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We Need More Than Talk at Jobs Summit
The situation is horrendous and getting worse. The official rate is 10.2 percent. But factor in those who have given up and those who are forced to work part-time, and the real rate is closer to 18 percent.
The official rate among African Americans is 15.7 percent. Add in those who have given up and those forced to work part-time, and it nears one in four African Americans. For teenagers of all races, the official rate is 27.6 percent. For African-American teens, that number is closer to 50 percent. Unemployment is the worst since 1983.
This catastrophe decimates the middle class--particularly the emerging middle class among Blacks and Latinos. At the center of this are the collapse of housing prices and the loss of homes. In 2006, before the fall, Blacks were three times more likely--at all income levels--to end up with a subprime mortgage. Companies that had redlined Black neighborhoods now targeted them, peddling costly and complicated loans. Nearly 20 percent of White borrowers got a subprime loan, but 45 percent of Latinos did, and more than half (53 percent) of African Americans.
One in 25 White borrowers will face foreclosure. In the Black community, that is more like one in 10. United for Fair Economy estimates losses of $164 billion in equity in the Black community. Given the legacy of slavery and segregation, family wealth has always been lower among Blacks than Whites. In 2002, Black families had about 7 cents in wealth compared to every $1 of a White median income family. By 2007, with the spread of homeownership and rise of housing values, Blacks were up to 10 cents; Latinos up to 12 cents for every dollar. Now those advances and more will be erased.
One final statistic: About one-fourth of African Americans live in poverty. That number is now rising, as those who had clawed their way into the middle class are falling back down.
So we face a national catastrophe in the continued loss of jobs--and one with sharply disproportionate effects.
It isn't just time for a summit to talk about this. It is time for action to do something about it.
Sadly, partisan politics and ideological divides are making progress more difficult. Republicans, having voted in large numbers to bail out Wall Street under Bush, then voted against Obama's Main Street recovery plan. Conservative Democrats made that plan weaker and smaller. The downturn was far worse than the administration--or most economists--predicted.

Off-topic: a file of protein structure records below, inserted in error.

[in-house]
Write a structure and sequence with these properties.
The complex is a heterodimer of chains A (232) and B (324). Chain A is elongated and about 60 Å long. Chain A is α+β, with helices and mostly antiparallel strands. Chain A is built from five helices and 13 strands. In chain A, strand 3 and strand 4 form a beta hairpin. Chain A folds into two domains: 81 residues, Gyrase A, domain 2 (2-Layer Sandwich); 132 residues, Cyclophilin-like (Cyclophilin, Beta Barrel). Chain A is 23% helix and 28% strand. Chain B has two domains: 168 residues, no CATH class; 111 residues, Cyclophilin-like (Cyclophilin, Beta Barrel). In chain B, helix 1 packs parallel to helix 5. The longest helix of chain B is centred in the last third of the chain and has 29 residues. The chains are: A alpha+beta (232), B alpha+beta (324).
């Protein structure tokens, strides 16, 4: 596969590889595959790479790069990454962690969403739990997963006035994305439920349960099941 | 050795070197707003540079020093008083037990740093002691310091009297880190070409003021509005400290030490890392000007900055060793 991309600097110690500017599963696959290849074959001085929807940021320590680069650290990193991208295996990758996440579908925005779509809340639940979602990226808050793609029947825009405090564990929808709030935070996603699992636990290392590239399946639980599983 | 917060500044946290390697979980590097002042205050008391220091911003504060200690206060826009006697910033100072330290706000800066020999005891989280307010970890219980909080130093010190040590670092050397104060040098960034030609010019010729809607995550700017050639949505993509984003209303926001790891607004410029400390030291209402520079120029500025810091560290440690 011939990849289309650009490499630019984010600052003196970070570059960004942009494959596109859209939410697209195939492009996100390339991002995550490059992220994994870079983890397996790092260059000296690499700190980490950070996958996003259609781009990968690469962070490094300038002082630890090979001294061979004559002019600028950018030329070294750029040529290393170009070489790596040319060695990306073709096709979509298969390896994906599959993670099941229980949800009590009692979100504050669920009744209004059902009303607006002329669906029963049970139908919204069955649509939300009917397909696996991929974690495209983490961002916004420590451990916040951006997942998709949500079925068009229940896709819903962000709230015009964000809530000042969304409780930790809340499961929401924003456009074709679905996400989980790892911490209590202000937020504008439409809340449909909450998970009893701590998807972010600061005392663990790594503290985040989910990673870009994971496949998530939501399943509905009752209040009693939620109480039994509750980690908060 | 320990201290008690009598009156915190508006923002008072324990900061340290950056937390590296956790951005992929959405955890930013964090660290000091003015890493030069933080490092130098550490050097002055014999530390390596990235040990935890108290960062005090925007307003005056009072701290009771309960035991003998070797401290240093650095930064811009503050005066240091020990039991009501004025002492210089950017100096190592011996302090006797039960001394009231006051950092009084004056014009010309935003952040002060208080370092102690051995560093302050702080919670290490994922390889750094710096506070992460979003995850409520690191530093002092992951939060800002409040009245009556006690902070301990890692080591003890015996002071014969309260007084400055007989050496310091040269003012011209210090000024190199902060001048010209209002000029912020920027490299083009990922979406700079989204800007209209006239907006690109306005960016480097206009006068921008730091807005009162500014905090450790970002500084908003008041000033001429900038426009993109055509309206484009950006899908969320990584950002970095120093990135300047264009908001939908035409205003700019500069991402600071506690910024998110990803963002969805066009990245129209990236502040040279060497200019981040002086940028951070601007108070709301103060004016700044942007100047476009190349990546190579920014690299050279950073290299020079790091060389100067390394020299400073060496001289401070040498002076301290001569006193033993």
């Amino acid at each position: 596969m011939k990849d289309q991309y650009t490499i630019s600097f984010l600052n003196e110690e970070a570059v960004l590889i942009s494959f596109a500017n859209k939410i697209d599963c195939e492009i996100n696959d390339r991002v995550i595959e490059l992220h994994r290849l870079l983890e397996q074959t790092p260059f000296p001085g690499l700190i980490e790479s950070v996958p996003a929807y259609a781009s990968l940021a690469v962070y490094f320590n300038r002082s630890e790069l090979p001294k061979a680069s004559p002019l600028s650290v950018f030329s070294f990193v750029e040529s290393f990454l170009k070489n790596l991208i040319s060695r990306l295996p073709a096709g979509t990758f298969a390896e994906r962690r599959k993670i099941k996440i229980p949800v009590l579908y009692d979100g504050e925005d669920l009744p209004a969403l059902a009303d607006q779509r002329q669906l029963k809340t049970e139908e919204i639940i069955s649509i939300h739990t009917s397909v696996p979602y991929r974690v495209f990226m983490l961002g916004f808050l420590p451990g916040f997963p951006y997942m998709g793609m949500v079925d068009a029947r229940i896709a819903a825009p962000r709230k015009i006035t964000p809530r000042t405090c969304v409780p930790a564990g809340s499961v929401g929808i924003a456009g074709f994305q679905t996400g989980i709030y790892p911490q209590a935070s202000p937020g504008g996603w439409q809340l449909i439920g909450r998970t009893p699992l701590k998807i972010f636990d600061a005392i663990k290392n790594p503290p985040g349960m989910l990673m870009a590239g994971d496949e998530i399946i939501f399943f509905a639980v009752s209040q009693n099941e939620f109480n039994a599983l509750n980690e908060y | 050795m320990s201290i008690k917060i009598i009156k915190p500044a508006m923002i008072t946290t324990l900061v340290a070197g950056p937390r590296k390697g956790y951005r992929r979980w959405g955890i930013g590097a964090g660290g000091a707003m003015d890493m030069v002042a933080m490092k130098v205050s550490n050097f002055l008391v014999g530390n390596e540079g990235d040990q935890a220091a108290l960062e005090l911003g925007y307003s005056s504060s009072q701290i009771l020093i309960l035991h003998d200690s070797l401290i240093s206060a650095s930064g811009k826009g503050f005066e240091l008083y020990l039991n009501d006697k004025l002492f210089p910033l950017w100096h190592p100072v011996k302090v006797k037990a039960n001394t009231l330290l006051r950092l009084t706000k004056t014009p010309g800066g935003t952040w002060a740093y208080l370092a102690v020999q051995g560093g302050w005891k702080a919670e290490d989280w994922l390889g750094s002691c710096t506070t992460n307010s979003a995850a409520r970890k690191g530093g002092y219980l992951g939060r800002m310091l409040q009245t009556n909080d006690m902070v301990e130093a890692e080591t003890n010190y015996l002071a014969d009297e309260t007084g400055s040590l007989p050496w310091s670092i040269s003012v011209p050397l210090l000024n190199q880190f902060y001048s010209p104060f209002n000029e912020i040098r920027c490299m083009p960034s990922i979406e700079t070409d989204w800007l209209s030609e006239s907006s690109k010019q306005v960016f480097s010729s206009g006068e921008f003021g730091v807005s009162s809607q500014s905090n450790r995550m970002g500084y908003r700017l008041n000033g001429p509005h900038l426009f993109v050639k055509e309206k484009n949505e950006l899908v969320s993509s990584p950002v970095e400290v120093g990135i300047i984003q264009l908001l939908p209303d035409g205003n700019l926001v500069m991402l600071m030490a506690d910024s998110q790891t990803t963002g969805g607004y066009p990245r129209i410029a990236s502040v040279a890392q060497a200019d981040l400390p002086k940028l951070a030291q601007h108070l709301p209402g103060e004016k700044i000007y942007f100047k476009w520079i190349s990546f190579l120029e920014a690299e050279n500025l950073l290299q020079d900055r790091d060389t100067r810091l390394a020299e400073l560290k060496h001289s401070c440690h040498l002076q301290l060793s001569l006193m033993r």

So while everyone is worried about the large federal deficits, the reality is that Obama's recovery plan was too small, not too big. With Americans losing some $13 trillion in wealth, and the downturn global, only government spending can keep the economy from sinking.
Now we need to do more. States and local governments are facing crippling deficits, gearing up for massive layoffs to meet what is estimated to be a $470 billion deficit over three years. Laying off 900,000 teachers, police, firefighters and public service employees will only make things much worse. The federal government should provide more aid to states and local governments.
We need targeted direct public service jobs, particularly for young people in our cities and rural areas. The president should demand funds for an urban corps to clean up our cities and a green corps to repair parks and plant trees, and target these organizations to young people.
We need sustained investment--financed over time--to build a 21st century infrastructure: a modern electric grid, fast trains, federal wind farms to supplement the New Deal's federal dams, and much more. Some of these efforts--like repairing schools--will generate jobs immediately next summer. Others will take longer to gear up, but must be driven with a long-term commitment and a new urgency.
It is time to push and push hard to put America back to work.